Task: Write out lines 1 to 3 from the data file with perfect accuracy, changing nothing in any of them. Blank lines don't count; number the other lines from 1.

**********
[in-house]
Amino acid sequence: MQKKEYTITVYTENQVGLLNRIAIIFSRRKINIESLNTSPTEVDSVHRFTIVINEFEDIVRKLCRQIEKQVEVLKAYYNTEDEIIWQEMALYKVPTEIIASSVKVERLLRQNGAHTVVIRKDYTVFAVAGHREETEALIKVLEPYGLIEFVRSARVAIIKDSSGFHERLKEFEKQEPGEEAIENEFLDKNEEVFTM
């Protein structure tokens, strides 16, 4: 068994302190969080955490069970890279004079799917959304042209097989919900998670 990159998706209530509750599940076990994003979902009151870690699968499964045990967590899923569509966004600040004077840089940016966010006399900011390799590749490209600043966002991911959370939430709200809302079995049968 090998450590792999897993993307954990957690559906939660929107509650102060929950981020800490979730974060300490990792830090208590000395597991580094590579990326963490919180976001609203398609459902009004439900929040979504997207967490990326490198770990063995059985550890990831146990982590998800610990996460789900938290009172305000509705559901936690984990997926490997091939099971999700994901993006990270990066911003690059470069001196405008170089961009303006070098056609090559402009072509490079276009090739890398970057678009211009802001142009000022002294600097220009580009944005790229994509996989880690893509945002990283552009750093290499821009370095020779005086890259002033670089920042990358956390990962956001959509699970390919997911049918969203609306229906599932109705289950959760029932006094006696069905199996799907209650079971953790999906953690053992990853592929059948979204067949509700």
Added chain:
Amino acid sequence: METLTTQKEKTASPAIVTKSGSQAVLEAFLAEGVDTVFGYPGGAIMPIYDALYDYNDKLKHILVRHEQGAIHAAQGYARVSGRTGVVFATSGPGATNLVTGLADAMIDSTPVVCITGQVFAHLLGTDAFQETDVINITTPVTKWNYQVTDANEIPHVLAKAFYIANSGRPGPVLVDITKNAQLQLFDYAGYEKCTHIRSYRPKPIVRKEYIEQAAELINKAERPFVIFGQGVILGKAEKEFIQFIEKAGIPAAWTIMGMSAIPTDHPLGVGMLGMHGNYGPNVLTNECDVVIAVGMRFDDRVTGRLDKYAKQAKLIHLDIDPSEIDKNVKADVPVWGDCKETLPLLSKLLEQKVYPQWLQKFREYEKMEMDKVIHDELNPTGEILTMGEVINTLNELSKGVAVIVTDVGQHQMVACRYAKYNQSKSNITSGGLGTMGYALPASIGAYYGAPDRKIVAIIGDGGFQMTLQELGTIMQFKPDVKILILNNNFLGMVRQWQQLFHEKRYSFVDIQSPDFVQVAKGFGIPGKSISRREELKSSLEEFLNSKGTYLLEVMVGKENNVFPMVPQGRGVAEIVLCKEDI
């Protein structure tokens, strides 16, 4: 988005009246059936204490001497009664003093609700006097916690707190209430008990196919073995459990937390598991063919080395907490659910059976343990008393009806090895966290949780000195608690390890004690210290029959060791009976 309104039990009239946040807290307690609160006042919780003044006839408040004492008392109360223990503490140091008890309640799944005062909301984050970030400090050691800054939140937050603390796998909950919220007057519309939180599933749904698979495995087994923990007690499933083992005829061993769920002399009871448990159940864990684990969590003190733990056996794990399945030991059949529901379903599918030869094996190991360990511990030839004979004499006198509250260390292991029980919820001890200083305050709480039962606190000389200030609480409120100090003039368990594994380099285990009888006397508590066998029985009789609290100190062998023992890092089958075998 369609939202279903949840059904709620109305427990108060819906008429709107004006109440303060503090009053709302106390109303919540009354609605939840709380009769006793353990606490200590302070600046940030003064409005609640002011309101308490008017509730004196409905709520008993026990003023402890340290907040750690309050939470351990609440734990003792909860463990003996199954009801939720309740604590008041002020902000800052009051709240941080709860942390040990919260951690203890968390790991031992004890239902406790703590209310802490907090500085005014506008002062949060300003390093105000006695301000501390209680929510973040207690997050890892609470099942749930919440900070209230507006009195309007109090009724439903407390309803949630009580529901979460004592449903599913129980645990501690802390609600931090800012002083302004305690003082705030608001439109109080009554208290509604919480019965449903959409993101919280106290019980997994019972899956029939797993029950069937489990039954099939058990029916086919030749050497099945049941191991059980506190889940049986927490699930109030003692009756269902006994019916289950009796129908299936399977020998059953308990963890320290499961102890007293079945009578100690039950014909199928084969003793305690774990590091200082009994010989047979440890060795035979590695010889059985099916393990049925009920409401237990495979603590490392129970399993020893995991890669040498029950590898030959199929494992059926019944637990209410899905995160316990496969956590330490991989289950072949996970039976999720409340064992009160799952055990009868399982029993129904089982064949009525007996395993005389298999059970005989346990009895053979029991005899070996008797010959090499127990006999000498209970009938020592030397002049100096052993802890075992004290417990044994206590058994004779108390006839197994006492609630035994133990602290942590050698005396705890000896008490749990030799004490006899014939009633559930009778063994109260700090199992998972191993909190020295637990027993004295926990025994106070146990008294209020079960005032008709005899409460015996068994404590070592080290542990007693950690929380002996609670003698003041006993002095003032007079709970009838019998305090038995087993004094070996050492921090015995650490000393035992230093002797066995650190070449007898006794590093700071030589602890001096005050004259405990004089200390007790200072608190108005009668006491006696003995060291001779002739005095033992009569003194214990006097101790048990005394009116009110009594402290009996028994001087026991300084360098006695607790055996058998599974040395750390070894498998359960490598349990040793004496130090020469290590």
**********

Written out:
[in-house]
Amino acid sequence: MQKKEYTITVYTENQVGLLNRIAIIFSRRKINIESLNTSPTEVDSVHRFTIVINEFEDIVRKLCRQIEKQVEVLKAYYNTEDEIIWQEMALYKVPTEIIASSVKVERLLRQNGAHTVVIRKDYTVFAVAGHREETEALIKVLEPYGLIEFVRSARVAIIKDSSGFHERLKEFEKQEPGEEAIENEFLDKNEEVFTM
């Protein structure tokens, strides 16, 4: 068994302190969080955490069970890279004079799917959304042209097989919900998670 990159998706209530509750599940076990994003979902009151870690699968499964045990967590899923569509966004600040004077840089940016966010006399900011390799590749490209600043966002991911959370939430709200809302079995049968 090998450590792999897993993307954990957690559906939660929107509650102060929950981020800490979730974060300490990792830090208590000395597991580094590579990326963490919180976001609203398609459902009004439900929040979504997207967490990326490198770990063995059985550890990831146990982590998800610990996460789900938290009172305000509705559901936690984990997926490997091939099971999700994901993006990270990066911003690059470069001196405008170089961009303006070098056609090559402009072509490079276009090739890398970057678009211009802001142009000022002294600097220009580009944005790229994509996989880690893509945002990283552009750093290499821009370095020779005086890259002033670089920042990358956390990962956001959509699970390919997911049918969203609306229906599932109705289950959760029932006094006696069905199996799907209650079971953790999906953690053992990853592929059948979204067949509700």